Oral Histories

Deone Skewes


Deone Skewes

A: Well, but I do remember that commissioners and people used to do a lot of things just for money for postage and stationery.

Q: Maybe there was just a job to be done and they did it.

A: And people did it. Yes. I think a lot of people get salaries for other people used to just donate their time.

Q: I wonder why that is?

A: Well, maybe you can call it greed, I don’t know. 

Q: Well, is that what you would call it?

A: I didn’t say that now.

Q: Are you a church going person?

A: No. I just stay home.

Q: So. Some people think this is a Mormon community. Do you have Mormon roots at all?  

A: Well, really yes. I’m not a Mormon, but my mother was. 

Q: Oh really.   What about your father?

A: Oh, he was not a Mormon. No. He wasn’t … he didn’t have any religious affiliation, however, he was a Mason.

Q: Did Elaine become a Mormon?

A: Well, she always was but she was never active until she was an adult and then she became quite active in it.

Q: Was your mother quite active?

A: Well, in a way. Sometimes she was and sometimes she wasn’t. It depended on what she had to do, I suppose.

Q: What made you decide not to become active?

A: Well, I am too much of a doubting Thomas. I ask too many why’s.

Q: A skeptic.

A: How come this and how come that?

Q: Well, I think that is great.

A: And so, I didn’t do well in churches.

Q: Were you asked to leave? And not disrupt things?

A: No. No. I would just leave myself because I didn’t want to stay. And I remember as a little kid I used to.. We had two churches and I used to prefer one over the other and I suppose I wasn’t supposed to go to the one I preferred.

Q: I suppose that was the Baptist?

A: Yes, and so I didn’t go at all. If I couldn’t go to the one I wanted to, I wouldn’t go at all. So I didn’t.

Q: Did you find any problems with playmates or parties or anything?

A: No. As kids, we were a mixed neighborhood but we all got along just fine. Then on Sundays, they would go to their own churches and what not but I played with the Baptist kids as much as I did with the Mormon kids.

Q: So they didn’t have their own sort of social clubs or anything that excluded you?

A: No.

Q: You didn’t have that feeling?

A: I always seemed welcome. When I would come they made me feel very welcome.

Q: Well, great.   Sounds like you had a perfect life.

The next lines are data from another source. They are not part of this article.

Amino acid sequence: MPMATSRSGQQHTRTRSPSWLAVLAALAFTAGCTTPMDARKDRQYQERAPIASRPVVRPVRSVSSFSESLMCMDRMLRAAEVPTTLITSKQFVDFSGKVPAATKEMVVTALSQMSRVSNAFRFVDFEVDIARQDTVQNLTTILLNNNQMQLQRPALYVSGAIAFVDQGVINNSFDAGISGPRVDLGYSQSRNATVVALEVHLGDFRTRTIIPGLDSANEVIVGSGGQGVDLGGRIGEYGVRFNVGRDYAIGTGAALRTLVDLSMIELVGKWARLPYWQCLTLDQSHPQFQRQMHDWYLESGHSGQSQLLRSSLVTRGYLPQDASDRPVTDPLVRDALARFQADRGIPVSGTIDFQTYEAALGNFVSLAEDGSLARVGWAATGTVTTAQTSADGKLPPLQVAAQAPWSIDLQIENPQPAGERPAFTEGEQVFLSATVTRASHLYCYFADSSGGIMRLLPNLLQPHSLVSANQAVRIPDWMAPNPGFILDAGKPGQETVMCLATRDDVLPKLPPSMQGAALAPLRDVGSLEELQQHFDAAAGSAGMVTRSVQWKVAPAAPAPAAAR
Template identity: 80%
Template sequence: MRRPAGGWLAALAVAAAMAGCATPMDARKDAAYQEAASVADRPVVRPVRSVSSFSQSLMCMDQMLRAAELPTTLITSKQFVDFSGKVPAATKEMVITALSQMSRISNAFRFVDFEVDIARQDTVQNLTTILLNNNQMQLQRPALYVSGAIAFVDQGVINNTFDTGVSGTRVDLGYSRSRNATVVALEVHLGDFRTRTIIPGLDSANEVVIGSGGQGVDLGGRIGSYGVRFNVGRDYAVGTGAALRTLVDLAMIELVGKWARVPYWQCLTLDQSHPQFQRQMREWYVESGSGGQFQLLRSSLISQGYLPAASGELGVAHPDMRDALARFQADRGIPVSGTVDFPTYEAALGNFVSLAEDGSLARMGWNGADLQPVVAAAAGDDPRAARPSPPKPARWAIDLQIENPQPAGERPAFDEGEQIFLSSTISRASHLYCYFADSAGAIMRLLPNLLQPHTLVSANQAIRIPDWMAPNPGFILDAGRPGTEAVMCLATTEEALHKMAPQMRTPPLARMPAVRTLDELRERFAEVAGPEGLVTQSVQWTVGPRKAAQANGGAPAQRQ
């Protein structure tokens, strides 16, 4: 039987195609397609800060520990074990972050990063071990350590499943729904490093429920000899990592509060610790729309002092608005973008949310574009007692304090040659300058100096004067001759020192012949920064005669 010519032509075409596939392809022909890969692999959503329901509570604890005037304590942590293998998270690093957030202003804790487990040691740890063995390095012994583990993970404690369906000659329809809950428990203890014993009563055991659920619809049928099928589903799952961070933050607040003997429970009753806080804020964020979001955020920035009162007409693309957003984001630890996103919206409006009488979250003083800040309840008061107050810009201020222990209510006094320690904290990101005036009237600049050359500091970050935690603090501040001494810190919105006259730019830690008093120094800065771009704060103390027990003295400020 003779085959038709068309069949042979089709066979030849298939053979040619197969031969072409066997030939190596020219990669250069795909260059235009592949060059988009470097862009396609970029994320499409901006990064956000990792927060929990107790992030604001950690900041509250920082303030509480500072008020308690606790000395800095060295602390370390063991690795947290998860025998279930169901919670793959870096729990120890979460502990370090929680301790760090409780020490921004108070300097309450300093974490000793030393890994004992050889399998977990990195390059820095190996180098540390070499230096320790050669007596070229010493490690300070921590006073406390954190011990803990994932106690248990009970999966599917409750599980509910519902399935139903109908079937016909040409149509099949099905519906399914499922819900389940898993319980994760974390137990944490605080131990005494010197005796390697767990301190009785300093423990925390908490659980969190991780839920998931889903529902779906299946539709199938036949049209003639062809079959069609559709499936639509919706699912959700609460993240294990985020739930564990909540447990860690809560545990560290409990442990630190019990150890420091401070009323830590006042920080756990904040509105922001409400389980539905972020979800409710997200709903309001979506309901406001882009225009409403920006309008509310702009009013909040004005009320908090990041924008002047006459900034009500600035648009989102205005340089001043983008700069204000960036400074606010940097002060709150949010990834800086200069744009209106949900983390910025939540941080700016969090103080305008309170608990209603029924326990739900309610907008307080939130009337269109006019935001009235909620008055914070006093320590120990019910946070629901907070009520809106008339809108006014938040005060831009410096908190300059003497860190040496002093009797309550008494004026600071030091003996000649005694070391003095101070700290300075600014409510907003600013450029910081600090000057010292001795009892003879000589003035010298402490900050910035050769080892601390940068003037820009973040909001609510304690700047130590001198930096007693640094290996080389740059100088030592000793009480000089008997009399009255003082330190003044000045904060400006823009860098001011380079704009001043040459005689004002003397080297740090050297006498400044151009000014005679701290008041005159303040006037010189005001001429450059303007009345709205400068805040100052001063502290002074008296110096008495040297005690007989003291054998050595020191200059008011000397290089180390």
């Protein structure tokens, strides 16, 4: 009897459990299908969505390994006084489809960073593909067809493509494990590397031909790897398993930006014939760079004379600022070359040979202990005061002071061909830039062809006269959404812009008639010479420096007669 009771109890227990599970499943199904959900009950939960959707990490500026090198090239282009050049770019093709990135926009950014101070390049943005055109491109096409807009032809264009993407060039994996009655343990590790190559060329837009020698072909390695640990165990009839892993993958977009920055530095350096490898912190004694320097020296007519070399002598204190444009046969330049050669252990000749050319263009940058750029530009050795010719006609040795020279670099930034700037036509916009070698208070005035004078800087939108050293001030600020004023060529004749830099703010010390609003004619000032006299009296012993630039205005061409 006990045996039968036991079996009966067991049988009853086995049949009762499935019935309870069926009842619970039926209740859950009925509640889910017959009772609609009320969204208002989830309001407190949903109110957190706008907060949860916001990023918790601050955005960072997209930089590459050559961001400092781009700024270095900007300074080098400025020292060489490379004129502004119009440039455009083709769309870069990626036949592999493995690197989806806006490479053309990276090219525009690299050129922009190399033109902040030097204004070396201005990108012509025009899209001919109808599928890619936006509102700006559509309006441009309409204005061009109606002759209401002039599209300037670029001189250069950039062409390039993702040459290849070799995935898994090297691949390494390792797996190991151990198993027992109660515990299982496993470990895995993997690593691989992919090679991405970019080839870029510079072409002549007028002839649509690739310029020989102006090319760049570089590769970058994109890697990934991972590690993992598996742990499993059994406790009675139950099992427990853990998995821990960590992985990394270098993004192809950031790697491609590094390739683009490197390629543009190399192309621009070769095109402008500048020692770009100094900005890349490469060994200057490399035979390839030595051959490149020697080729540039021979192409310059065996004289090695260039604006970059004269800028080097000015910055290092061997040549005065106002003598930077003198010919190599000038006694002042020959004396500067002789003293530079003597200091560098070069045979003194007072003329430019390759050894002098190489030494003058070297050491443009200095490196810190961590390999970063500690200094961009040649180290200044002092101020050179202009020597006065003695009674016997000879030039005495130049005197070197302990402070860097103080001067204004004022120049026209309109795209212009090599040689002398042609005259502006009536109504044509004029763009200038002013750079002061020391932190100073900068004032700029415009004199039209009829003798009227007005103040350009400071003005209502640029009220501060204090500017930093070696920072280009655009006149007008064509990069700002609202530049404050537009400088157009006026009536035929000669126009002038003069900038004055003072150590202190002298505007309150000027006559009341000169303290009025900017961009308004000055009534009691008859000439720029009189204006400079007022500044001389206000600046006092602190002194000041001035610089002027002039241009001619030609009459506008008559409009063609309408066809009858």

A: So. The Parks’ were Baptists. Their dad was the minister. And I was a good friend of all three of their boys, you know.

Q: I didn’t know the Parks or had not heard of them.

A: Well, that’s way back, you know. Sixty years, I guess, or more. They were a nice family and the Baldwin kids were Baptist. So was my friend, Walter Shutt, on the corner, Mr. Goodman’s grandson. And, so as kids I don’t think we, the kids I went around with, were too involved in church.

Q: Well, maybe it was just the times that they weren’t so much then as they might be now.

A: I don’t know.

Q: Oh well. So you said Walter Shutt.  There used to be some people named Waltersheid out on the highway, Betty Waltersheid.  

A: No, this was Walter Shutt. Teddy Goodman married a man named Mr. Shutt from….

Q: And his first name was Walter? OK.

A: And so she had a little boy about my age. We were close in age. She named him Walter and his last name was Shutt.   And he and his mother, his mother and father divorced so Walter lived with his mother and his Grannie Goodman and Mr. Goodman. Mrs. Goodman was one of the founder’s of the Moab Literary Club here.

Q: Oh she was?

A: Yes. And she used to always call her husband Mr. Goodman. 

Q: I guess that was the way it was done in those days.

A: I guess so. It was really funny. She would say, “Mr. Goodman, would you do this?”

Q: Were you in the Literary Club?

A: Oh no. I was a little kid.

Q: I thought it evolved into the Moab Literary Club, because they finally lasted a hundred years and they gave us all their minutes. They gave it to the Museum. I thought they turned into just the Moab Women’s Club.

A: I don’t know. I have no idea.

Q: It seems that the Literary Club, supposedly, helped found the Museum.

A: They probably did. But I have never been a club person or a joiner.

Q: You were just a free soul?

A: Yes. I don’t like regulations and I don’t like to be at a certain place at a certain time. And feel that I have to do this, you know. I guess you can call it laziness.

Q: Oh, I don’t think so. It sounds like a free spirit. So you must have evolved some philosophy of life.

A: Well, I don’t know whether I have or you just try to live and let live.

Q: Well, maybe that’s it. Live and let live and you go your own way. But your way led back to Moab.

A: Yes. Oh, I wouldn’t want to live anywhere but here. I really wouldn’t.

Q: So why is that?

A: I just don’t know. I think because I have had such good memories here and a lot of friends and, few of them are still hanging around.

Q: Yeah. I think it is really great. People talk about resale value and I say, “I don’t want to sell. Somebody else’s problem.”

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